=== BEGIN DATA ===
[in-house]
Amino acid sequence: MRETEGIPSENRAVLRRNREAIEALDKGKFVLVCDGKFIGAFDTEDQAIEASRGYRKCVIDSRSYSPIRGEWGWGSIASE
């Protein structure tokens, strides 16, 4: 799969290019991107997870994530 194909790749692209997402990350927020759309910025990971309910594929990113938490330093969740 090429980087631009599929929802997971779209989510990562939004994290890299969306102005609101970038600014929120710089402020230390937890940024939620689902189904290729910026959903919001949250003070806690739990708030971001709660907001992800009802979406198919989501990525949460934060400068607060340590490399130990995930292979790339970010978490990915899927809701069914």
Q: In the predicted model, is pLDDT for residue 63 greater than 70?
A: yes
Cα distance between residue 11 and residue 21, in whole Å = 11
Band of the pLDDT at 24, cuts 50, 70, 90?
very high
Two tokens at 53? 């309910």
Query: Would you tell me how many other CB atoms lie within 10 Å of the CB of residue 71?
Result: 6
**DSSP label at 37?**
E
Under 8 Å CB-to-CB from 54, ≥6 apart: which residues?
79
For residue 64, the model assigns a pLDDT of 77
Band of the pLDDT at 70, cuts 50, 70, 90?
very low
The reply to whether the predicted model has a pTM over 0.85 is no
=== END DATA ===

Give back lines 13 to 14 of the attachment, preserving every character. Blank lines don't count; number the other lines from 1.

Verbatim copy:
E
Under 8 Å CB-to-CB from 54, ≥6 apart: which residues?